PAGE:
13 June, 2017
Interpersonal Communication & Human Relationships
Human relationships develop through nonverbal and verbal interpersonal communication. In Psychology Today, Randi Kreger reports that nonverbal interpersonal communication like body language may communicate 93 percent of your attitudes and beliefs, suggesting that others tend to believe your nonverbal communication if your verbal messages contradict them. A New York Times article states that physical contact may communicate a wider range of emotion than gestures and facial expressions.
Interpersonal communication includes communication that occurs with your words and through your tone of voice, posture and facial expressions. People receive and broadcast communication through each of these channels. According to an article published on Columbia University’s online database, you use language in verbal communication to communicate precise messages. Non-verbal communication involves any other information that you send and receive from others including your body language, eye contact or how you say a particular message.
Emotional intelligence affects your competence in personal and social situations. According to the U.N.I. Business website, you are emotionally intelligent if you are self-aware and can accurately assess your strengths or limit your actions in a self-confident way. Emotional intelligence affects your social competence because it involves your ability to develop healthy relationships, and to perceive and interpret other people’s emotions. With emotional intelligence, you will select responses that are socially appropriate to situations and the emotions of other people.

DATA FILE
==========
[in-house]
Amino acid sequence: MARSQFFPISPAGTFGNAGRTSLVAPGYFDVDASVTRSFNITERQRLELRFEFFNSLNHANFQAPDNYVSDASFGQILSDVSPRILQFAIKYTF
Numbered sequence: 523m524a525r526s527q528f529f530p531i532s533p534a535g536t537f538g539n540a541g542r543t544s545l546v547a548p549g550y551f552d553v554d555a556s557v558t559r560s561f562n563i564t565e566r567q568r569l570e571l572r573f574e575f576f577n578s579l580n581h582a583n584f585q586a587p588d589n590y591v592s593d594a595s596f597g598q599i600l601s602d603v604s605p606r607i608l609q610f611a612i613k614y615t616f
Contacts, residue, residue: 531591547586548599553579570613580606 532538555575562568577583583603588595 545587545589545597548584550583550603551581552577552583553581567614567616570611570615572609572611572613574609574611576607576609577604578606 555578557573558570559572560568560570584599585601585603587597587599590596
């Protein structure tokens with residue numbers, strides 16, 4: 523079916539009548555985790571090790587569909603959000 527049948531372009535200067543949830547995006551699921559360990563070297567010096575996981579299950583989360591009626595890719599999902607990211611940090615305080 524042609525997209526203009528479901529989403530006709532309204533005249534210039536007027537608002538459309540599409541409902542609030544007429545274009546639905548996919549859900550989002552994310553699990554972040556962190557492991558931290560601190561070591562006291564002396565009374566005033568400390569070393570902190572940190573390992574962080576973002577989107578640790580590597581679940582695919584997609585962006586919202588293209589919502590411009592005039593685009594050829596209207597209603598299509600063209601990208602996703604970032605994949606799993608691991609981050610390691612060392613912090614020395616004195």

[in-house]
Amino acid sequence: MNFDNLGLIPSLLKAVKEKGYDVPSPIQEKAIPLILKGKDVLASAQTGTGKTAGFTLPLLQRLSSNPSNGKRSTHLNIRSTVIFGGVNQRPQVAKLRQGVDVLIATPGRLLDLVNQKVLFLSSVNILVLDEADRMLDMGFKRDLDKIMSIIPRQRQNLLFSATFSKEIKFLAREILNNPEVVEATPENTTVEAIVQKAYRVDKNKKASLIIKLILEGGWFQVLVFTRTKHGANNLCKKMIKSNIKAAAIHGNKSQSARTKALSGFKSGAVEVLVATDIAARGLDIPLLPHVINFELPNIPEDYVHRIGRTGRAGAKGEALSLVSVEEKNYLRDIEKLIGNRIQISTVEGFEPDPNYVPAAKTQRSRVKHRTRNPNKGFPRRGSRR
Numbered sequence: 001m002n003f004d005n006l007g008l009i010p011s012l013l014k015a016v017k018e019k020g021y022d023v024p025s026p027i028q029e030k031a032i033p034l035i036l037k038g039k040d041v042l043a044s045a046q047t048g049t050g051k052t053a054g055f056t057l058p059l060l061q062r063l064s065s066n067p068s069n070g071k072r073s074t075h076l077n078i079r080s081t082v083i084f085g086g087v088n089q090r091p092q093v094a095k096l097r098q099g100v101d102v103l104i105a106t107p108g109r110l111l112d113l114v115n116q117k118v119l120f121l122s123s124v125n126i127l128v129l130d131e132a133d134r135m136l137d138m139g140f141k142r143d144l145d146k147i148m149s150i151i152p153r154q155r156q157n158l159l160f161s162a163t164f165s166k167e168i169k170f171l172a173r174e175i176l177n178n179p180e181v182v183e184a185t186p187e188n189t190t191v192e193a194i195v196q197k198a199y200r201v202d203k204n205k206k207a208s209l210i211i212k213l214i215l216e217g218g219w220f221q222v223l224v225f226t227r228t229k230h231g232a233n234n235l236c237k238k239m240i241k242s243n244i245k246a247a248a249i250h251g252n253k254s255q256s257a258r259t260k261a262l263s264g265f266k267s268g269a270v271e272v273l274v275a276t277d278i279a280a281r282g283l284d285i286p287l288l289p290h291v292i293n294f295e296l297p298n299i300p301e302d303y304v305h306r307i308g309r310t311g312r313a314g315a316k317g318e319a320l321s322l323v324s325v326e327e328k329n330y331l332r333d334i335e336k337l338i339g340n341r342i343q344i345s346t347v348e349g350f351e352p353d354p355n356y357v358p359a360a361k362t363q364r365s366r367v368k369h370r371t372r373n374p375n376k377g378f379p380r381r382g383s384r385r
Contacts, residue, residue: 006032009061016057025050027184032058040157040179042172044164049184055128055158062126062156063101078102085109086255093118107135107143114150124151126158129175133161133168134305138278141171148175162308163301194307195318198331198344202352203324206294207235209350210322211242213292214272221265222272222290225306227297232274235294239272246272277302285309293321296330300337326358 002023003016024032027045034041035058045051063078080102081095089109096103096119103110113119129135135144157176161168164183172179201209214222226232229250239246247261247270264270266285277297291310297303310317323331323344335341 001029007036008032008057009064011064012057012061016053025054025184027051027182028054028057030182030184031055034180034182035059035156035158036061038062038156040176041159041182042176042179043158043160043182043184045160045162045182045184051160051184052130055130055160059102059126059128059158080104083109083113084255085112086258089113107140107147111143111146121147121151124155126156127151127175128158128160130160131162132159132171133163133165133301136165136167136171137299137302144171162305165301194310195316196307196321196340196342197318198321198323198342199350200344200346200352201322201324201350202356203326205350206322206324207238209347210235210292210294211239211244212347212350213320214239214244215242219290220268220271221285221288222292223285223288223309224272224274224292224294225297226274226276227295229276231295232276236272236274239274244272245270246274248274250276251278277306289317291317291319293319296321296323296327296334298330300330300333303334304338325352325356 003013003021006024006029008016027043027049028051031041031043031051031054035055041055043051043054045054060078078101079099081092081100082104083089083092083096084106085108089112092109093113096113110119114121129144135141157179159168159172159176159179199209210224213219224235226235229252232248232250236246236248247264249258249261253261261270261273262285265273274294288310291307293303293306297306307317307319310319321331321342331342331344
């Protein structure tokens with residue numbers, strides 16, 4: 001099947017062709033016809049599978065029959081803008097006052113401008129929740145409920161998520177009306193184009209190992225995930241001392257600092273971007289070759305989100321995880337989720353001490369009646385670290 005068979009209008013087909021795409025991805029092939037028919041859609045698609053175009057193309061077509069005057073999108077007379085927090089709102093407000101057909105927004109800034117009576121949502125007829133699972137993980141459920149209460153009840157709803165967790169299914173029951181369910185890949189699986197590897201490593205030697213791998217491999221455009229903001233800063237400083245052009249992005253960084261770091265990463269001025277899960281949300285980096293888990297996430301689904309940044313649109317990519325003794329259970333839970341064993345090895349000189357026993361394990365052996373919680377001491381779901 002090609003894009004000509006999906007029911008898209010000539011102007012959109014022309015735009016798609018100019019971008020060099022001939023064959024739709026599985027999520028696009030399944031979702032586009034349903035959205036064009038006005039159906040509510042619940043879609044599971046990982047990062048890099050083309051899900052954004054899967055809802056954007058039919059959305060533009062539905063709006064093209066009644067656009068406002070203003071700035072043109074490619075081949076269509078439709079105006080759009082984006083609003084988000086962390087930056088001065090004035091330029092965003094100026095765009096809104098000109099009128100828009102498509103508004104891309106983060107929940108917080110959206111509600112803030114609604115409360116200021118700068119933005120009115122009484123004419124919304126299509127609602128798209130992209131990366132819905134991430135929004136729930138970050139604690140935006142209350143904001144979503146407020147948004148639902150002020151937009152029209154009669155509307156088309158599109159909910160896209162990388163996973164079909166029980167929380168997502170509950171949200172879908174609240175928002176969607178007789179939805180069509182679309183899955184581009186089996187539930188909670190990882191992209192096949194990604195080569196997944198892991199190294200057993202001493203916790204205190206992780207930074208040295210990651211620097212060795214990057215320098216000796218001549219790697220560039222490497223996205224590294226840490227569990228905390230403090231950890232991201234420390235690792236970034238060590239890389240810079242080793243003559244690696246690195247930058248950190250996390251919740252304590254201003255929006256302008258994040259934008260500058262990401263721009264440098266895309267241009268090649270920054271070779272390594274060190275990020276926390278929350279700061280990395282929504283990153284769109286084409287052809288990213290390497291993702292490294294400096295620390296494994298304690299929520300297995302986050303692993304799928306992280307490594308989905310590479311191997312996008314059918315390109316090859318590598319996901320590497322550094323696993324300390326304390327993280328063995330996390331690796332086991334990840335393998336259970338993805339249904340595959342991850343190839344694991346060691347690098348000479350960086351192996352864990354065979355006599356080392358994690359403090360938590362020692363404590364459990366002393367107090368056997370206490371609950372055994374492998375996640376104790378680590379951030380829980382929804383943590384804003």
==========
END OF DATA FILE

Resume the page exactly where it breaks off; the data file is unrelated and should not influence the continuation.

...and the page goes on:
Through interpersonal communication you can establish trust in relationships. Verbal and nonverbal interpersonal communication can help gauge a person’s trustworthiness. Consistent behavior encourages trust, because it suggests the same behavior will occur in the future. Cooperate and draw attention to the qualities you have in common with others to help develop trust. Cooperation occurs in professional relationships when you let others check the quality of your work and acknowledge your interdependence in the relationship.
Understanding and Identity
According to "Functions of Interpersonal Communication" by Tim Borchers, interpersonal communication can help you understand “relationship messages.” These messages include the way that you say things to another person and go deeper than the literal surface-level meanings of words. Communication with others can also help you establish your own identity, because it can help define the role you play in a relationship and the image of yourself that you present publicly.
According to the four stages of Altman and Taylor’s theory of relational development, your public behavior and interaction communicates verbal and nonverbal messages during the first stage of relationship development. Friendship occurs when you reveal private details about your personality and develop more trust and willingness to communicate during the second stage. Close friendships or romantic relationships occur in the third stage, as trust and willingness to communicate increase for both people. The fourth stage may not require as much verbal interpersonal communication as prior stages. Nonverbal interpersonal communication may characterize the fourth stage, because you can reliably interpret the feelings and behavior of others in this stage.
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